Rated 4 out of 5 by from One of the most intriguing things about Oracle VM is that it's a free enterprise-grade hypervisor. Valuable Features:I think the most intriguing thing about Oracle VM is it's an enterprise-grade hypervisor. So it handles all the virtualization, and it's free. You don't hear the word Oracle and Free a lot, but there's a lot of stuff at Oracle that is free and Oracle VM is one of those.It does most everything that you need in the enterprise for a hypervisor for virtualization. I can run VMs in it, I can do farms of VMs, I can run Linux, I can run Windows, I can run Solaris, I have a lot of choices of operating systems. It does everything that you need it to do for most of your needs for hypervisor.There's a lot of benefits with Oracle VM that I like. I've been working with 3.4.1 which just came out. I've been working that prior to release. There's some features there that they added like Live Storage Migration that is really a key feature for that enterprise ability in the environment. The other thing is how it handles what are called partitions, from a licensing aspect. When I have Oracle licensing challenges that I have with some of the other hypervisors, Oracle VM is able to be configured so I don't have those challenges.Room for Improvement:What features would I like to see in Oracle VM in future releases? I can think of a ton of them. Some of them are just coming out. Better disaster recovery, though they just introduced a new technology called Oracle VM Site Guard that's helped a lot in disaster recovery. I would like to see better integration to Oracle networking hardware, so that would be nice, the integration between the Oracle physical networking hardware, the S2 switches would be nice for that integration.Scalability Issues:Scalability of the solution, we use it all in our labs and we have some small production use. I also have clients that are using it, not had an issue with scaling systems very large. Getting into server individual pods or pools or servers, 16 nodes, no problem. Getting into farms running thousands of VMs, no problem at all.Technical Support:Oracle technical support for OVM is one of the strong areas I've seen from Oracle support. The support staff are fairly knowledgeable on the product. I haven't had too many issues. When I had the few cases to open up as a port issue where they weren't able to help the surprising thing though with that is I haven't had to call Oracle support a lot for the product. It's a very stable product, very robust product. The number of tickets I've had to open up with Oracle have been minimal since I've been using the product heavily now for the last five years.Previous Solutions:I think it becomes more of a why do you use it situation. One of the things is it's a cost savings. Since Oracle VM is free and the support's free when you have Oracle hardware, you don't have to pay the expense you pay with a lot of these other hypervisor packages out there. It's an immediate cost savings out of the gate. The other times you look at what do you want to run Oracle VM is when you have performance issue. The way it works technically under the covers, the lower level of the hypervisor, the VM runs faster and I get better performance. In small environments it's nice my application runs a little faster unvirtualized. In larger environments, it's actually a bigger deal. Not only do my applications runs faster but because of the efficiency I actually have to buy less hardware.Implementation Team:The initial setup for Oracle VM is pretty straightforward. Installing the hypervisor on what's called an OVS, Oracle VM Server takes maybe five minutes and you're up and running. Installing the management software itself, they may take a little longer, maybe an hour for a complete install from scratch before you're up and running, and it's all web based which is really nice. You don't have to have any special clients on it. Often I'll be managing the system either from Windows or even from my iPad.Other Advice:If I have to give it a rating between one and ten I would give it a nine. The reason I would give it a nine is there is some room for improvement with some of the areas in the manager. Some of the integration to the networking layer with the Oracle products would be nice.My recommendation to peers is if you're looking at hypervisors, have an open mind. The market's not just dominated by single hypervisor. Look at the technology out there and give it a fair evaluation of what it's capabilities are.Disclaimer: IT Central Station contacted the reviewer to collect the review and to validate authenticity. The reviewer was referred by the vendor, but the review is not subject to editing or approval by the vendor. The reviewer's company has a business relationship with this vendor other than being a customer:We're partners.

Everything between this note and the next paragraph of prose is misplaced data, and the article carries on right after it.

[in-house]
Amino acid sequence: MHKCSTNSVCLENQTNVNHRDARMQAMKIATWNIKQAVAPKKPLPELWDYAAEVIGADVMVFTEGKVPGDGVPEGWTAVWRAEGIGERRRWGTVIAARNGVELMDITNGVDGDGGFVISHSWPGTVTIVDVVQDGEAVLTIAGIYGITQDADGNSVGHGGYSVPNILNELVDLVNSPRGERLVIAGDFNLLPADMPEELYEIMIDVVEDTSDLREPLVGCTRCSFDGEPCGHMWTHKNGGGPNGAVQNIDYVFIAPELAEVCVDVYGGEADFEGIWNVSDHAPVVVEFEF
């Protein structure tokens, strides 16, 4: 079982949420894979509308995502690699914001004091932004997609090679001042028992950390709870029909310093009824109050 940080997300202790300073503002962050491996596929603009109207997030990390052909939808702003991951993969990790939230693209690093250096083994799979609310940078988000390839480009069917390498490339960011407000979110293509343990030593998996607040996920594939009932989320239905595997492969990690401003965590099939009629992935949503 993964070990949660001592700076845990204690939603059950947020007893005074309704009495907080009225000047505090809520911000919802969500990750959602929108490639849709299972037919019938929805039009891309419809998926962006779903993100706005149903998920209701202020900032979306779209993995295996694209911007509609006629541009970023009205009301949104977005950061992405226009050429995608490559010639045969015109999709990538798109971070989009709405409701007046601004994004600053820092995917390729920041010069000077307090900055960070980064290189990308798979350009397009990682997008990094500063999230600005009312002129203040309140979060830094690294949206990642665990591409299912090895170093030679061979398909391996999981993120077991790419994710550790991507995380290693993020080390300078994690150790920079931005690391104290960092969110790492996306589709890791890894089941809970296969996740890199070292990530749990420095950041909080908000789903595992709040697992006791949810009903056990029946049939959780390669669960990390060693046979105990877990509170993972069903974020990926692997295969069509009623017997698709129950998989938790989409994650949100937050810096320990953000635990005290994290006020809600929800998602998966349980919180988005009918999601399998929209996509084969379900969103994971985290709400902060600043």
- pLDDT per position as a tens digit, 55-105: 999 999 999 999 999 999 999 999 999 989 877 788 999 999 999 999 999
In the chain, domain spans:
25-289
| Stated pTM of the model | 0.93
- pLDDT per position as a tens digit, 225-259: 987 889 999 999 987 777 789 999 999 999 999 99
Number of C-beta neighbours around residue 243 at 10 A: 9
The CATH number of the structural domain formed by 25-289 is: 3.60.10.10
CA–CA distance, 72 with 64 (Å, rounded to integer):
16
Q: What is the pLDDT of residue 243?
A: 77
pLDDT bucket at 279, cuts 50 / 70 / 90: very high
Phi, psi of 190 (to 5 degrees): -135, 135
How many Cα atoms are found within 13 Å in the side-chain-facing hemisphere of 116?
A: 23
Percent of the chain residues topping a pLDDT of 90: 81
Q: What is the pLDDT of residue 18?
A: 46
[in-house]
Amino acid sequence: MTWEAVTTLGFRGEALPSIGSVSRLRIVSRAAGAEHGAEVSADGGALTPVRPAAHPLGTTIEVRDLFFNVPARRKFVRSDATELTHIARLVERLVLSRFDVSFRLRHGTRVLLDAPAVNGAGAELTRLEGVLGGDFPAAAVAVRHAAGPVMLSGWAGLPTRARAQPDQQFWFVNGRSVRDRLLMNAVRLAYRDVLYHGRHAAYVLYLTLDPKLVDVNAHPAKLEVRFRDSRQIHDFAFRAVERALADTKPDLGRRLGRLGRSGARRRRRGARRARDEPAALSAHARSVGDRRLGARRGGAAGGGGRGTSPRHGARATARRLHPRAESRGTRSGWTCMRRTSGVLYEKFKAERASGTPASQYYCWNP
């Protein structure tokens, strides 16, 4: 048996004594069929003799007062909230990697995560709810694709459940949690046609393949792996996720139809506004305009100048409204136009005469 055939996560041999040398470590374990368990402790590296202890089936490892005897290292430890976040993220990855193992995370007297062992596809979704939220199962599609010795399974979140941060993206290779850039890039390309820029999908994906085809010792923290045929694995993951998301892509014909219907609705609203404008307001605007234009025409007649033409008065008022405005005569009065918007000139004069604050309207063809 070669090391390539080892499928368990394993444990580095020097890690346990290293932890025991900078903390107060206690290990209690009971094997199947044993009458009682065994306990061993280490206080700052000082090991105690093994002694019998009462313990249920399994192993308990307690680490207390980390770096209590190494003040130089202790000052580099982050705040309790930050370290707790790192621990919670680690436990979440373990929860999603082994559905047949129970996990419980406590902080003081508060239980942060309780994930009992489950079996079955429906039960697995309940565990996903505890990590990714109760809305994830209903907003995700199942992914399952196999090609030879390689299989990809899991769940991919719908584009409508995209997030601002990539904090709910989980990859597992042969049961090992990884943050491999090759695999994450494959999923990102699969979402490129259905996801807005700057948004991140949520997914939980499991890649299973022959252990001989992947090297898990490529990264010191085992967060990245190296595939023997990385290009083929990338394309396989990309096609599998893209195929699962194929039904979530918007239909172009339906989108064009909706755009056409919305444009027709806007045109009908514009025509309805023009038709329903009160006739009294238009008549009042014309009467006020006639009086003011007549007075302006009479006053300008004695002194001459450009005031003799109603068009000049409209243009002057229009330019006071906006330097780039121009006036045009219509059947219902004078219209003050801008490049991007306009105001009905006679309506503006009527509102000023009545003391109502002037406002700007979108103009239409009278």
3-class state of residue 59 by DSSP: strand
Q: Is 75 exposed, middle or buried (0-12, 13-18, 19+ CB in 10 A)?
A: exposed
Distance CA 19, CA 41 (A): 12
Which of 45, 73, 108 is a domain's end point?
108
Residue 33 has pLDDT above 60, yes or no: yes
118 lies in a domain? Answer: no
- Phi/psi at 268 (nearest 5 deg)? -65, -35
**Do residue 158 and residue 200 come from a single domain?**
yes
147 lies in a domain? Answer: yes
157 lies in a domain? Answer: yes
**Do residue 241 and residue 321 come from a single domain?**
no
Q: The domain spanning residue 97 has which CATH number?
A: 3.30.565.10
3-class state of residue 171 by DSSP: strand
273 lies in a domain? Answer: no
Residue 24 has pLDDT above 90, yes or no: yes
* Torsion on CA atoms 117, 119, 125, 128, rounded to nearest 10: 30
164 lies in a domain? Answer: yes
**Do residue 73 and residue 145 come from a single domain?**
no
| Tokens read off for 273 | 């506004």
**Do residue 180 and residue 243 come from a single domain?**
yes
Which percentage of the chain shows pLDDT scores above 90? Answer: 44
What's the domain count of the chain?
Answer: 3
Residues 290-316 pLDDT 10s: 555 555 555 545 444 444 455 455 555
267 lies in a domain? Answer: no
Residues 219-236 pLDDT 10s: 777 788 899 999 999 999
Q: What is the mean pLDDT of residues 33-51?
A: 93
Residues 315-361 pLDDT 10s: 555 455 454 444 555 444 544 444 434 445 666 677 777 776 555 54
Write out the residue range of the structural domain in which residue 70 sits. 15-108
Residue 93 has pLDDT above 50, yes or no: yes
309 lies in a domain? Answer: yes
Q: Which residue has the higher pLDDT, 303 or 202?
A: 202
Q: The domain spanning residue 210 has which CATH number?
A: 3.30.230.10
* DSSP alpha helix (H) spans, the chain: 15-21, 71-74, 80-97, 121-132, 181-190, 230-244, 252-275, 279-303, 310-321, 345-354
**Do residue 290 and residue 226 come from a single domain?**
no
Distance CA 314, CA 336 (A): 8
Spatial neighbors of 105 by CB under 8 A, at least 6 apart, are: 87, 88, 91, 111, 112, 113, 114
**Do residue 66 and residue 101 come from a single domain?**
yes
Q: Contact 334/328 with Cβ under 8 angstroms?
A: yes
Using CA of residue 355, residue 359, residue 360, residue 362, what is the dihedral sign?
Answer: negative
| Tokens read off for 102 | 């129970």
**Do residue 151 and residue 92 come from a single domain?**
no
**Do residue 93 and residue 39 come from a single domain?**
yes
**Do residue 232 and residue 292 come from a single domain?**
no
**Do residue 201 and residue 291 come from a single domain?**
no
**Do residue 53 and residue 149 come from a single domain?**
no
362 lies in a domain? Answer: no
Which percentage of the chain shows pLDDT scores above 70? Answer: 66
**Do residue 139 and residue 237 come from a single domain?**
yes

Date published: 2016-05-31